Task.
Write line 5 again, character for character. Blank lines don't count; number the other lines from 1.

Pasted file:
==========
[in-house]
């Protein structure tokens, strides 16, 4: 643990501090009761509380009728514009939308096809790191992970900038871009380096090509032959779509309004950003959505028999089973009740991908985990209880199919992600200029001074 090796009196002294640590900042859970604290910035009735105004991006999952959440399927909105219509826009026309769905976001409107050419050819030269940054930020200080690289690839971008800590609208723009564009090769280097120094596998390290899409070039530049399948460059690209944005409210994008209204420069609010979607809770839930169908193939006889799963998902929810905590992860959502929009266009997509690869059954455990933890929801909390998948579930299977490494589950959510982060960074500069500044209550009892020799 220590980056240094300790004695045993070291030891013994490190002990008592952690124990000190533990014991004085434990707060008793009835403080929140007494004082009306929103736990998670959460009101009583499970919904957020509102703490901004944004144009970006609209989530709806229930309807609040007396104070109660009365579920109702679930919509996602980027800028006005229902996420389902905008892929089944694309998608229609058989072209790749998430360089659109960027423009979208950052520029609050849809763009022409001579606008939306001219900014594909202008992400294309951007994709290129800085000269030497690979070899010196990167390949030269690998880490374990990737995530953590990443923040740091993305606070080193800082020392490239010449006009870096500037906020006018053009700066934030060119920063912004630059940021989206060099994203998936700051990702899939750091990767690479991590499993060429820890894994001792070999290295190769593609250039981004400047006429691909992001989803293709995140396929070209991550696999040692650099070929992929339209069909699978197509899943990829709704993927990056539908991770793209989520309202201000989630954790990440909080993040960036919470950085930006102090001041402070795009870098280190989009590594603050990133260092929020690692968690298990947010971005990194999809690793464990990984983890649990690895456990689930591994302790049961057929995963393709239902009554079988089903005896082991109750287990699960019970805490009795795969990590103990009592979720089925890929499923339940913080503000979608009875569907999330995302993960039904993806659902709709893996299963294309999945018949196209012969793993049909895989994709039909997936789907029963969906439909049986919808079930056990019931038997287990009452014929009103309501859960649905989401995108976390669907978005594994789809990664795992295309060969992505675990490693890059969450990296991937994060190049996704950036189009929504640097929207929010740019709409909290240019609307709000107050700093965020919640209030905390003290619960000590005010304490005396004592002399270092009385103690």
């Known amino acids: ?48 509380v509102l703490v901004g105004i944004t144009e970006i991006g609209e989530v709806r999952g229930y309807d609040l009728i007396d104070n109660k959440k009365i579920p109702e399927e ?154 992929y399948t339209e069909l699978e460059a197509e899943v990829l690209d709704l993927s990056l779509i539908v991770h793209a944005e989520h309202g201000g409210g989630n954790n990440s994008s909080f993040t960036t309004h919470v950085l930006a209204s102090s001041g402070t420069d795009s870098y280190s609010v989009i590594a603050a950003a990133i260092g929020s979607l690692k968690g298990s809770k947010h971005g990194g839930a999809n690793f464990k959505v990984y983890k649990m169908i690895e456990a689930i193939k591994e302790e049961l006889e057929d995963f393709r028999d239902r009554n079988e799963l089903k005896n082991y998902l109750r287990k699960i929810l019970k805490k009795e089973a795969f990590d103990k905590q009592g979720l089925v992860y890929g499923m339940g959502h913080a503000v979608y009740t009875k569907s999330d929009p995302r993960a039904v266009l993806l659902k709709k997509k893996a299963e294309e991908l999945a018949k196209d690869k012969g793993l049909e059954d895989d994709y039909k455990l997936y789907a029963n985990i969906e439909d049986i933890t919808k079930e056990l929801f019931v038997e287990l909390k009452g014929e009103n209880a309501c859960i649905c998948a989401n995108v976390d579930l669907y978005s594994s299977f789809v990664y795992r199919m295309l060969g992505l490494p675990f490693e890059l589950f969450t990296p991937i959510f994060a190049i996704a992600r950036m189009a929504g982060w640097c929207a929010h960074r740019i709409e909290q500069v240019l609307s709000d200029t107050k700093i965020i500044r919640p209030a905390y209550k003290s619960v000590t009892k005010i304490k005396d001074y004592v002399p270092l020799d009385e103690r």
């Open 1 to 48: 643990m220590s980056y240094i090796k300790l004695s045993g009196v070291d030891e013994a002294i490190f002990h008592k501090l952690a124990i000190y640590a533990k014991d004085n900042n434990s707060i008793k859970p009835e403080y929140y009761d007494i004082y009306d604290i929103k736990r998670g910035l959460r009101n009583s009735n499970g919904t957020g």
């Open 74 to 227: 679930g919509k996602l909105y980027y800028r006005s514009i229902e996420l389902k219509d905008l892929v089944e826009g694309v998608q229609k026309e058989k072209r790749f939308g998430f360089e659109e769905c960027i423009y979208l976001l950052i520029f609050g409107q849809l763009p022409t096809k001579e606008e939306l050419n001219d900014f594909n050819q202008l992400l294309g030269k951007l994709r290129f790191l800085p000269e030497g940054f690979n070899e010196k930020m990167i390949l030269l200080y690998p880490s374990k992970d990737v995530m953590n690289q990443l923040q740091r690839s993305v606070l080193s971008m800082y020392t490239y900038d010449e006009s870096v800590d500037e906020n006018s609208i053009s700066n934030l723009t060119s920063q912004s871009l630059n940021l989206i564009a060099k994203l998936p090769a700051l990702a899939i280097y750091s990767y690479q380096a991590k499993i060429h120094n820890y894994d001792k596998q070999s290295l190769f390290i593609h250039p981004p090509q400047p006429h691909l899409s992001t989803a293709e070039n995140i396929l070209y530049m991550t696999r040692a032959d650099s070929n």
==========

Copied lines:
């Open 74 to 227: 679930g919509k996602l909105y980027y800028r006005s514009i229902e996420l389902k219509d905008l892929v089944e826009g694309v998608q229609k026309e058989k072209r790749f939308g998430f360089e659109e769905c960027i423009y979208l976001l950052i520029f609050g409107q849809l763009p022409t096809k001579e606008e939306l050419n001219d900014f594909n050819q202008l992400l294309g030269k951007l994709r290129f790191l800085p000269e030497g940054f690979n070899e010196k930020m990167i390949l030269l200080y690998p880490s374990k992970d990737v995530m953590n690289q990443l923040q740091r690839s993305v606070l080193s971008m800082y020392t490239y900038d010449e006009s870096v800590d500037e906020n006018s609208i053009s700066n934030l723009t060119s920063q912004s871009l630059n940021l989206i564009a060099k994203l998936p090769a700051l990702a899939i280097y750091s990767y690479q380096a991590k499993i060429h120094n820890y894994d001792k596998q070999s290295l190769f390290i593609h250039p981004p090509q400047p006429h691909l899409s992001t989803a293709e070039n995140i396929l070209y530049m991550t696999r040692a032959d650099s070929n």